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National Day of Prayer sparks celebrations, protests

President Barack Obama, center seated, and others, lower their heads during a Easter Prayer breakfast with Christian leaders in the East Room of the White House, Tuesday, April 19, 2011. Seated to the right of Obama is Texas-based evangelist Bishop T.D. Jakes from Dallas, Texas. AP Photo/Pablo Martinez Monsivais

Many Americans will mark the 60th annual National Day of Prayer on Thursday - and this year, unlike in recent history, there is little national controversy surrounding the occasion.

Last April, Wisconsin federal judge Barbara Crabb found the National Day of Prayer unconstitutional, arguing that it "goes beyond mere 'acknowledgment' of religion because its sole purpose is to encourage all citizens to engage in prayer, an inherently religious exercise that serves no secular function in this context."

The ruling ignited ire from a number of lawmakers, including Texas Republican Lamar Smith, who wondered, "What's next? Declaring the federal holiday for Christmas unconstitutional?"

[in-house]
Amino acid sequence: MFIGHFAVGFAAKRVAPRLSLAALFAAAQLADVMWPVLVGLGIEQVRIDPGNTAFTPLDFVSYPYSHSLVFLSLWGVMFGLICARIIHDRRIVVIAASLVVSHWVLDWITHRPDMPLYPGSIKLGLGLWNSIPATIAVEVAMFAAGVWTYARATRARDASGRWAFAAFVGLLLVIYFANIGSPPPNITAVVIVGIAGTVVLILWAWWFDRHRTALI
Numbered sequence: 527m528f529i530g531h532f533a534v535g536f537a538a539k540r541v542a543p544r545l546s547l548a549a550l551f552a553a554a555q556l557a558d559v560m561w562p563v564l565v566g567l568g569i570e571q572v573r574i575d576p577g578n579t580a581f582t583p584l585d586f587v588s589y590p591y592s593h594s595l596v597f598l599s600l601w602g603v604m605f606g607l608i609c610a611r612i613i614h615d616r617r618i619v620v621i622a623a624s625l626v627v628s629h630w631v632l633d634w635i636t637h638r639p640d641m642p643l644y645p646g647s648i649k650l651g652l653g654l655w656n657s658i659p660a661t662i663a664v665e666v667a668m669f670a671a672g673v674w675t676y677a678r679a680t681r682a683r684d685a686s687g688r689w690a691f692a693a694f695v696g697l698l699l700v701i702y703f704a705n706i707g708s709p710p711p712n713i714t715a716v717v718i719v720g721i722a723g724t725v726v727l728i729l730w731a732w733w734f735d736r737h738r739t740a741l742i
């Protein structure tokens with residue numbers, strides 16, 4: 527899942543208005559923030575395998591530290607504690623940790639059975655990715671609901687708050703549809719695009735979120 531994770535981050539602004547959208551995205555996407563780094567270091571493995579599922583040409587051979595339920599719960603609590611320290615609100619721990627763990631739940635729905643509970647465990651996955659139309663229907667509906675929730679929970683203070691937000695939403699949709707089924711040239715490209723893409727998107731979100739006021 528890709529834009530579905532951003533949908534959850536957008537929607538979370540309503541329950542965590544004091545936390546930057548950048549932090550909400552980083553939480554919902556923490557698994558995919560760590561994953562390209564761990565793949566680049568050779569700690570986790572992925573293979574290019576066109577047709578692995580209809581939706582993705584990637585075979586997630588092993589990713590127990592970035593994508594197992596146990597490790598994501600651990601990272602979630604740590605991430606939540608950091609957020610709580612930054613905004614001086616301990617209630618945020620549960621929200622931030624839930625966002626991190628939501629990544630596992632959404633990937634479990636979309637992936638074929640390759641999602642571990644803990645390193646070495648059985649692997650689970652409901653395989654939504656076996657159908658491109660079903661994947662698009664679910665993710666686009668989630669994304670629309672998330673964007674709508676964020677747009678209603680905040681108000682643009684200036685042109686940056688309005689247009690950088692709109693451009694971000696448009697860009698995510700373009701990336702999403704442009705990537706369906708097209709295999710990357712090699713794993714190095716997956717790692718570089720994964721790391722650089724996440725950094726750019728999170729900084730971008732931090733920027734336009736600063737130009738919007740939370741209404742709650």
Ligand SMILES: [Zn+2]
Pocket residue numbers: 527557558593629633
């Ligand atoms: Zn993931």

The White House appealed the decision, arguing that the National Day of Prayer merely acknowledged the role of religion in the United States. And President Obama issued a proclamation recognizing the day despite the legal controversy.

Still, some wondered about the future of the National Day of Prayer.

On April 14, 2011, however, a federal appeals court panel overturned Crabb's decision.

"This is a poignant moment for the National Day of Prayer because one year ago we met right here with a shadow hanging over the National Day of Prayer," said Dr. James Dobson, a prominent evangelical Christian, in an interview with the Christian Post.

On April 29, Mr. Obama recognized the National Day of Prayer for 2011, noting in his proclamation that "Prayer has played an important role in the American story and in shaping our Nation's leaders."

But not everyone is celebrating the designated day of prayer: Rep. Pete Stark (D-Calif.) recently issued his own proclamation recognizing the National Day of Reason, which is celebrated by many atheists as an alternative event.

"I encourage everyone to join in observing this day and focusing upon the employment of reason, critical thinking, the scientific method, and free inquiry to the resolution of human problems and for the welfare of human kind. It is the duty and responsibility of every American to promote the development and application of reason," Stark said in a statement on the floor of the House of Representatives.

"Reason and rational thinking have made our country great," he said. "The Constitution also contains a strong separation of church and state, making it clear that government should continue to be built on reason."

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